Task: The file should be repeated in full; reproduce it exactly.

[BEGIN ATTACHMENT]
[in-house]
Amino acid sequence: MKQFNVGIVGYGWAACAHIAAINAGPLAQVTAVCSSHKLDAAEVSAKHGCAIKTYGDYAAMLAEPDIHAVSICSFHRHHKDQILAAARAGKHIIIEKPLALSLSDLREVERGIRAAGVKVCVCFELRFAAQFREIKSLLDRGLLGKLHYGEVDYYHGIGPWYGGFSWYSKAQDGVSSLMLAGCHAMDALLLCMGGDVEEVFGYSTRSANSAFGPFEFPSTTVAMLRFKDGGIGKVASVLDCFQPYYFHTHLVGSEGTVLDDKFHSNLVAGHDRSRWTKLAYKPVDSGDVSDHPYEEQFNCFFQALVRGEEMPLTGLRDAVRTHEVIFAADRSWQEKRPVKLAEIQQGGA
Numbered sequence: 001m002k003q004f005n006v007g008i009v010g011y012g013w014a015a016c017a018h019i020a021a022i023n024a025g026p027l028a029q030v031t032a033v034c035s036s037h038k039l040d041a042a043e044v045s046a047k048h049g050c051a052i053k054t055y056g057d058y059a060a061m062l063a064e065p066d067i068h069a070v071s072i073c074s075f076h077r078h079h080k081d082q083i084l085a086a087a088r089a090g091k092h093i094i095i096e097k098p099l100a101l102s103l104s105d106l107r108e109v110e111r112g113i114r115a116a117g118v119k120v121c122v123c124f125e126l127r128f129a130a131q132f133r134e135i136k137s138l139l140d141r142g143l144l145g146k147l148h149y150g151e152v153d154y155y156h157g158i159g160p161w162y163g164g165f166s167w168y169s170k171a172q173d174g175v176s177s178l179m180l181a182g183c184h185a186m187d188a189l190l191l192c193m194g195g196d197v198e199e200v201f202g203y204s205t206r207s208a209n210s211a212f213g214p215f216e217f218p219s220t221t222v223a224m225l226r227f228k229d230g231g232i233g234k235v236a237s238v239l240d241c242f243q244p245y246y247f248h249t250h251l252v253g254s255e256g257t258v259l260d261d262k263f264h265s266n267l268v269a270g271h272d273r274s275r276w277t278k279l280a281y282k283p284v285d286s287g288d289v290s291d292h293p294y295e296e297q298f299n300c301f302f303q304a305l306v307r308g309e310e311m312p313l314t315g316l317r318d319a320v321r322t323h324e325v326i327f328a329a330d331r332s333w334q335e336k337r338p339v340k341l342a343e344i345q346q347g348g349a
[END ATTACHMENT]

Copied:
[in-house]
Amino acid sequence: MKQFNVGIVGYGWAACAHIAAINAGPLAQVTAVCSSHKLDAAEVSAKHGCAIKTYGDYAAMLAEPDIHAVSICSFHRHHKDQILAAARAGKHIIIEKPLALSLSDLREVERGIRAAGVKVCVCFELRFAAQFREIKSLLDRGLLGKLHYGEVDYYHGIGPWYGGFSWYSKAQDGVSSLMLAGCHAMDALLLCMGGDVEEVFGYSTRSANSAFGPFEFPSTTVAMLRFKDGGIGKVASVLDCFQPYYFHTHLVGSEGTVLDDKFHSNLVAGHDRSRWTKLAYKPVDSGDVSDHPYEEQFNCFFQALVRGEEMPLTGLRDAVRTHEVIFAADRSWQEKRPVKLAEIQQGGA
Numbered sequence: 001m002k003q004f005n006v007g008i009v010g011y012g013w014a015a016c017a018h019i020a021a022i023n024a025g026p027l028a029q030v031t032a033v034c035s036s037h038k039l040d041a042a043e044v045s046a047k048h049g050c051a052i053k054t055y056g057d058y059a060a061m062l063a064e065p066d067i068h069a070v071s072i073c074s075f076h077r078h079h080k081d082q083i084l085a086a087a088r089a090g091k092h093i094i095i096e097k098p099l100a101l102s103l104s105d106l107r108e109v110e111r112g113i114r115a116a117g118v119k120v121c122v123c124f125e126l127r128f129a130a131q132f133r134e135i136k137s138l139l140d141r142g143l144l145g146k147l148h149y150g151e152v153d154y155y156h157g158i159g160p161w162y163g164g165f166s167w168y169s170k171a172q173d174g175v176s177s178l179m180l181a182g183c184h185a186m187d188a189l190l191l192c193m194g195g196d197v198e199e200v201f202g203y204s205t206r207s208a209n210s211a212f213g214p215f216e217f218p219s220t221t222v223a224m225l226r227f228k229d230g231g232i233g234k235v236a237s238v239l240d241c242f243q244p245y246y247f248h249t250h251l252v253g254s255e256g257t258v259l260d261d262k263f264h265s266n267l268v269a270g271h272d273r274s275r276w277t278k279l280a281y282k283p284v285d286s287g288d289v290s291d292h293p294y295e296e297q298f299n300c301f302f303q304a305l306v307r308g309e310e311m312p313l314t315g316l317r318d319a320v321r322t323h324e325v326i327f328a329a330d331r332s333w334q335e336k337r338p339v340k341l342a343e344i345q346q347g348g349a